Gene Luen Yang Goes Penguin Sledding With ASN
Gene Luen Yang

ASN: What made you pursue making comics as a career? Can you give a little retrospective about your writing process? For example, things you think worked really well, things you regret, ideas that you weren't able to work in, and little inspirations? How long does the comic-making process take, and what is your favorite step? Anything to say to aspiring comic makers out there?

Gene: I've always loved stories, and I've always loved drawing. Growing up, I wanted to be a Disney animator. I think Disney influence still shows through in my artwork. After I began collecting comics in the fifth grade, though, I became more and more interested in making comics.

The comics medium is an amazing, wonderful medium. It's intimate. Unlike an animated film, a graphic novel doesn't require dozens of people to create. Because of this, one person or a small team of people can tell exactly the kind of story they want. And there aren't very many gatekeepers, either. To become a cartoonist, all you need is a pencil, some paper, and a healthy ignorance of your own artistic limitations.

I feel very lucky to be involved in comics right now. I believe that we're going through something of a graphic novel renaissance, where many of the best graphic novels ever created are being published right now. We're seeing a creative explosion in the field.

That said, comics take forever to make. I have a pretty simple drawing style, but even with my simple drawing style a page can take me anywhere from 4-8 hours to complete. Multiply that by the 200 or so pages it takes to complete a graphic novel -- that's a good chunk of your life.

As for regrets... my one big regret with American Born Chinese is that I didn't make the Chin-Kee character even more monstrous. Most people get it. They understand what I was trying to do with that character. But every now and then, someone comes up to me at a convention and tells me that they thought the Chin-Kee character was "cute." "Cute" was not what I was going for. Not at all.

ASN: This is your first experience writing for someone else's characters. As a fan of the series, how did it feel to work with the creators? What are some elements of the story that you invented yourself, and which ones came from Mike and Bryan? Was it hard to make certain decisions for characters, and if so can you give us some examples? Do any of your ideas from the comics affect "The Legend of Korra"?

Gene: Yes! I did do a small project for Marvel's Strange Tales series, but this is the first big project where I'm playing with other people's characters. I loved working with Mike and Bryan. As anyone familiar with the show knows, Mike and Bryan and their writing team are masterful storytellers. I feel lucky that I got to see how they break down a story. I learned a lot from them, especially about building tension in sustained, episodic stories. Their notes have been incredibly helpful.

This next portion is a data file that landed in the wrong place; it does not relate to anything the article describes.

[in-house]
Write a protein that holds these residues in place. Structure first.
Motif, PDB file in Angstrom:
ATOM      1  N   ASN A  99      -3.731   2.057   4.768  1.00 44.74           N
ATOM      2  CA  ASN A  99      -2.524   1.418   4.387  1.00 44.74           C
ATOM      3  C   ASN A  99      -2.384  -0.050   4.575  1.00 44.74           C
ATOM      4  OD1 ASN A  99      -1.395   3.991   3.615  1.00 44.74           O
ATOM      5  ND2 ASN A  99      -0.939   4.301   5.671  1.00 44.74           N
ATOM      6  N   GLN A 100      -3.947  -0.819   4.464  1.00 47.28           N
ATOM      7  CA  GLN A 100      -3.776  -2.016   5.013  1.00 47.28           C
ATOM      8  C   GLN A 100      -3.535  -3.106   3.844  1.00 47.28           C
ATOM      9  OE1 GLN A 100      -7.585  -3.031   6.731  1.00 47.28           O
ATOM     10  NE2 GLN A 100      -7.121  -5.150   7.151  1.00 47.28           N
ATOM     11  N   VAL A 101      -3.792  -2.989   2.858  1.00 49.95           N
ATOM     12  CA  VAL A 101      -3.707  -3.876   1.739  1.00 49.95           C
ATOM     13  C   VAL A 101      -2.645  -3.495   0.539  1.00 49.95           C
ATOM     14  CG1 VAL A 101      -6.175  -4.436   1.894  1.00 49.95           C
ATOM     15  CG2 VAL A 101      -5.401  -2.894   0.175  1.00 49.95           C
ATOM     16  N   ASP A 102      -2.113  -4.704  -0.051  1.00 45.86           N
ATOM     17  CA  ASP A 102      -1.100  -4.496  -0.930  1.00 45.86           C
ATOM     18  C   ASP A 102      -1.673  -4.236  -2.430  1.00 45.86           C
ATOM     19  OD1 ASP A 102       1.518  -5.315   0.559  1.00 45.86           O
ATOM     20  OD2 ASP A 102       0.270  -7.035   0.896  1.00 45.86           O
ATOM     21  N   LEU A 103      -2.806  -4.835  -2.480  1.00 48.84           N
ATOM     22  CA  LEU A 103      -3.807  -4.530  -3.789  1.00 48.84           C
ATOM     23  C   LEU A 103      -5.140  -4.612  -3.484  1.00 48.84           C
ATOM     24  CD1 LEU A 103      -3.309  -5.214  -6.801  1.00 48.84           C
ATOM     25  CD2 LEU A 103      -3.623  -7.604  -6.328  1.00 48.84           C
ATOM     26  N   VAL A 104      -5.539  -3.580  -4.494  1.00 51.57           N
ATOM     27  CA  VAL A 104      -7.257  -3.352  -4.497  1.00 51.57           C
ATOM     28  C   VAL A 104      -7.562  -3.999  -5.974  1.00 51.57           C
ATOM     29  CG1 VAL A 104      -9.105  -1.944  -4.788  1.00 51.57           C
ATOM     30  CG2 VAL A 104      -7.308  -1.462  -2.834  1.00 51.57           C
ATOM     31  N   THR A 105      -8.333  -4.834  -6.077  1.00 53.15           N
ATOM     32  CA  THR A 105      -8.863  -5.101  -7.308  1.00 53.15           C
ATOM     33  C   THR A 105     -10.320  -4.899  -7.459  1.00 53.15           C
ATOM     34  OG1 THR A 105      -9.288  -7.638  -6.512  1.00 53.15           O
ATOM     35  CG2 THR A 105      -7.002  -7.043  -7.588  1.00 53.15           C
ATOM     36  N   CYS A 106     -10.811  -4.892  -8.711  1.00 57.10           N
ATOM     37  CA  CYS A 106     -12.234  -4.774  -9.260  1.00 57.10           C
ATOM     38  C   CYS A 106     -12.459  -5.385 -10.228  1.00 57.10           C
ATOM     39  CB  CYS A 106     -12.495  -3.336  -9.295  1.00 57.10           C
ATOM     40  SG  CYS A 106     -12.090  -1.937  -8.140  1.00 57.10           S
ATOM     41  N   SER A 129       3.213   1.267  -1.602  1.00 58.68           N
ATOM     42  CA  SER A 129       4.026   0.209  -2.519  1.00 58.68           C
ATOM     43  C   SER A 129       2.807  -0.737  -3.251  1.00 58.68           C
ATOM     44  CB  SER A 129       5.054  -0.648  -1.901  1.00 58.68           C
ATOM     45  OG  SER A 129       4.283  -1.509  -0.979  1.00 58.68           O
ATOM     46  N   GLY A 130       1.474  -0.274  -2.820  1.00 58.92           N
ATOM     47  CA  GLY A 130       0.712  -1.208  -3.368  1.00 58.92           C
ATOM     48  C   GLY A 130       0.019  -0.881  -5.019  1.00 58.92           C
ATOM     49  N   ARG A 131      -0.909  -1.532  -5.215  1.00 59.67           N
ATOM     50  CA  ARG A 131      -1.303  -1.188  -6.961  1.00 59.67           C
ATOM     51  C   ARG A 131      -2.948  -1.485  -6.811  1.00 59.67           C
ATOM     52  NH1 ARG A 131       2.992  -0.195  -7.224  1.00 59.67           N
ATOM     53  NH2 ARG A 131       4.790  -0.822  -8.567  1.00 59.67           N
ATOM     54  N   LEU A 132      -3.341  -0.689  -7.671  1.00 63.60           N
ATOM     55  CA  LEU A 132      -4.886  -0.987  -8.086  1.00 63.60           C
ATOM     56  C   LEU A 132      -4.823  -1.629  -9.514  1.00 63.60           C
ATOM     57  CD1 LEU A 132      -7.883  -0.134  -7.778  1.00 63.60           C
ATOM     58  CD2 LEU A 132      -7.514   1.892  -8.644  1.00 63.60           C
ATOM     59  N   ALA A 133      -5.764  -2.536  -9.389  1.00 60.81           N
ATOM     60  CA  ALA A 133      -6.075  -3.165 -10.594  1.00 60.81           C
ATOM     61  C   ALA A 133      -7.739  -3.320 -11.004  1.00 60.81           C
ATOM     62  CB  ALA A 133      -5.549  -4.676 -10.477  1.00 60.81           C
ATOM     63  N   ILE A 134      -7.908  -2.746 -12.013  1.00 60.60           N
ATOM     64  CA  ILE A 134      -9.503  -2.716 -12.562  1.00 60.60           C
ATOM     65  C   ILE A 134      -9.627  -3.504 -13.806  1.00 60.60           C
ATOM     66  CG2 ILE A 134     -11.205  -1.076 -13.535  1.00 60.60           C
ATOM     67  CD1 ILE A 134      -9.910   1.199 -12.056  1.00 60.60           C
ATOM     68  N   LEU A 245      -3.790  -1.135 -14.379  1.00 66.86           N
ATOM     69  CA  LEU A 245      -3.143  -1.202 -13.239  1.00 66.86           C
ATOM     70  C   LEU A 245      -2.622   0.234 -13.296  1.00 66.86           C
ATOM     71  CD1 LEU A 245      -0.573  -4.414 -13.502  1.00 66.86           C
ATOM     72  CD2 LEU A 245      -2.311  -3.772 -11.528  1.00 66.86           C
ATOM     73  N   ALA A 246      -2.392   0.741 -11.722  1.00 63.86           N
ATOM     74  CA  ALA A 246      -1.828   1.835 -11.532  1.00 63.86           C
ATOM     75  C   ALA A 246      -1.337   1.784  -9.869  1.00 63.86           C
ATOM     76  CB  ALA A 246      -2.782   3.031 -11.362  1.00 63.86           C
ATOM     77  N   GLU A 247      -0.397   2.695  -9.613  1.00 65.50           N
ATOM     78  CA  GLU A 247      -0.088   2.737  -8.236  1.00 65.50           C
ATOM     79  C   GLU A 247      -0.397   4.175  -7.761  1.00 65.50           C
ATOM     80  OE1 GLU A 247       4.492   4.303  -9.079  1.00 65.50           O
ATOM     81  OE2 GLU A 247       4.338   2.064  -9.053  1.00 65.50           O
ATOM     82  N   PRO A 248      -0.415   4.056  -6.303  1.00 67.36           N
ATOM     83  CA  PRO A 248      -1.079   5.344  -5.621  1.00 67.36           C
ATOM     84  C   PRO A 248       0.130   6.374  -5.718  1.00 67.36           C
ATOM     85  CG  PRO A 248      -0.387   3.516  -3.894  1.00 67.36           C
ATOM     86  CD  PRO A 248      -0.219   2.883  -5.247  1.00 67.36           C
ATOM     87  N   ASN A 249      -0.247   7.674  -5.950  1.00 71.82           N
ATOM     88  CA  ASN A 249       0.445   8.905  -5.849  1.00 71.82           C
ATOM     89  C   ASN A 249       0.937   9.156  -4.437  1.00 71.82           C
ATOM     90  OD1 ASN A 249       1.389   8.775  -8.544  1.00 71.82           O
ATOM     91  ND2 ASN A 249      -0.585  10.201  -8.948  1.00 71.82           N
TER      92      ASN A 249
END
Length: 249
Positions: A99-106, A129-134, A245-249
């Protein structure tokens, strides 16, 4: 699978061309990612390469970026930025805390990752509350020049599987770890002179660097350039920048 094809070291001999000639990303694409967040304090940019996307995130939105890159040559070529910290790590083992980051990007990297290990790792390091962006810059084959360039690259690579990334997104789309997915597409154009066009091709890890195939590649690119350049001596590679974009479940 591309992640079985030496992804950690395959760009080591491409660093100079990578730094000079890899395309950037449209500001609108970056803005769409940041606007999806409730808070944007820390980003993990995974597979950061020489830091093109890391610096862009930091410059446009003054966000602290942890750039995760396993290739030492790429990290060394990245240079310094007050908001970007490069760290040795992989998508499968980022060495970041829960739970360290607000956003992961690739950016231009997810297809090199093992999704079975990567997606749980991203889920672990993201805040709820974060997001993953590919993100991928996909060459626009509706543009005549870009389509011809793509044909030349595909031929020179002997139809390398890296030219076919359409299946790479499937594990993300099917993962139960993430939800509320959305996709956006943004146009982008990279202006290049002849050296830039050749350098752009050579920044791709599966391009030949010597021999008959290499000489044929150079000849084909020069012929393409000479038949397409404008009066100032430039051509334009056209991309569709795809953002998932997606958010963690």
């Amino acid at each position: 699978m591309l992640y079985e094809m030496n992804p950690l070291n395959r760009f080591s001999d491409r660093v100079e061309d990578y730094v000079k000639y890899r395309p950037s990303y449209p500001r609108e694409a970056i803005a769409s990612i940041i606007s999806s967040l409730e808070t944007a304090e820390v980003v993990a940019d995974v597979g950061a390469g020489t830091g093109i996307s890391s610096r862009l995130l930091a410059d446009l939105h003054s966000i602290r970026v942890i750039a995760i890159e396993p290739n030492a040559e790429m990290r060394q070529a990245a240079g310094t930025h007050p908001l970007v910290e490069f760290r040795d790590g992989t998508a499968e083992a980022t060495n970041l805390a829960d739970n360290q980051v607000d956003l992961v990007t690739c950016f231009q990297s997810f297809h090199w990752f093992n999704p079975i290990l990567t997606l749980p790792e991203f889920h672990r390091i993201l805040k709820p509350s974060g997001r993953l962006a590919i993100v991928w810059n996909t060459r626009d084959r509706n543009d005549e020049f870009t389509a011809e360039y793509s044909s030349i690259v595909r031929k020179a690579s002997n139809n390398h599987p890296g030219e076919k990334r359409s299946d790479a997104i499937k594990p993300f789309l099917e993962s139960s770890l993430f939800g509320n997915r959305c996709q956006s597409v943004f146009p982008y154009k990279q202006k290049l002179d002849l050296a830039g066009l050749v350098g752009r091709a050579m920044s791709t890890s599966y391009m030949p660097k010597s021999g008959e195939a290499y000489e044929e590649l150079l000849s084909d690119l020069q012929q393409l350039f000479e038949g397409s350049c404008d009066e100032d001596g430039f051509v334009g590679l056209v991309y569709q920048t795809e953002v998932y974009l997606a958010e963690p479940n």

The notes from the editors at both Dark Horse and Nickelodeon have been really helpful, too, even from the folks whose main concern isn't story. One small example: There's this extremely fearful character in the book named Ho-Tun. He's one of Toph's students. In my first draft, I had him obsessing over death. The Nick folks thought it wasn't appropriate for the target age group, so I replaced death with "doom." It works sooo much better. Doom is way funnier than death.

The comics began with a conversation between Mike, Bryan, Dark Horse, and me. Mike and Bryan talked about the world of Korra, about their visions for each of the main characters. I understood from the beginning that I was writing within an established history. They gave me plenty of creative elbow room, but the major tides of the Avatarverse were set before I ever came onboard.

ASN: The members of have been collectively discussing and theorizing for years. Have you ever searched through the older discussion threads of fansites for inspiration, or to see if some fans were on the right track with their theories?

Gene: To be honest, I haven't. I didn't really have a lot of experience with A:TLA fandom before signing onto the series. I've been very surprised by the deep passion of many fans. I think it's a testament to the quality of the original series.

ASN: Knowing that Aang is a pacifist, who goes out of his way to avoid killing anyone, why did he agree so quickly to the promise that Zuko was asking of him? And why was Katara encouraging him? And later on, why are Aang and his friends so quick to assume that Zuko is turning into Ozai and that the promise must be fulfilled? Have they grown apart during the last year?

Gene: Here's my understanding of Aang: Aang's big "flaw" is his love for his friends. It makes it difficult for him to become a fully-realized Avatar. In "The Guru" (one of my favorite episodes) he turns away from his own spiritual development because of his love for Katara. When Appa is kidnapped, he loses his inner peace and becomes uncharacteristically angry. When Toph and Sokka start conning people out of money, Aang goes along because he loves being with them. His attachment to his friends is in constant tension with his Airbender ideals. Aang makes the promise to Zuko because Zuko is his friend. Zuko says the promise is something he really needs, and Aang has a hard time saying no to his friends.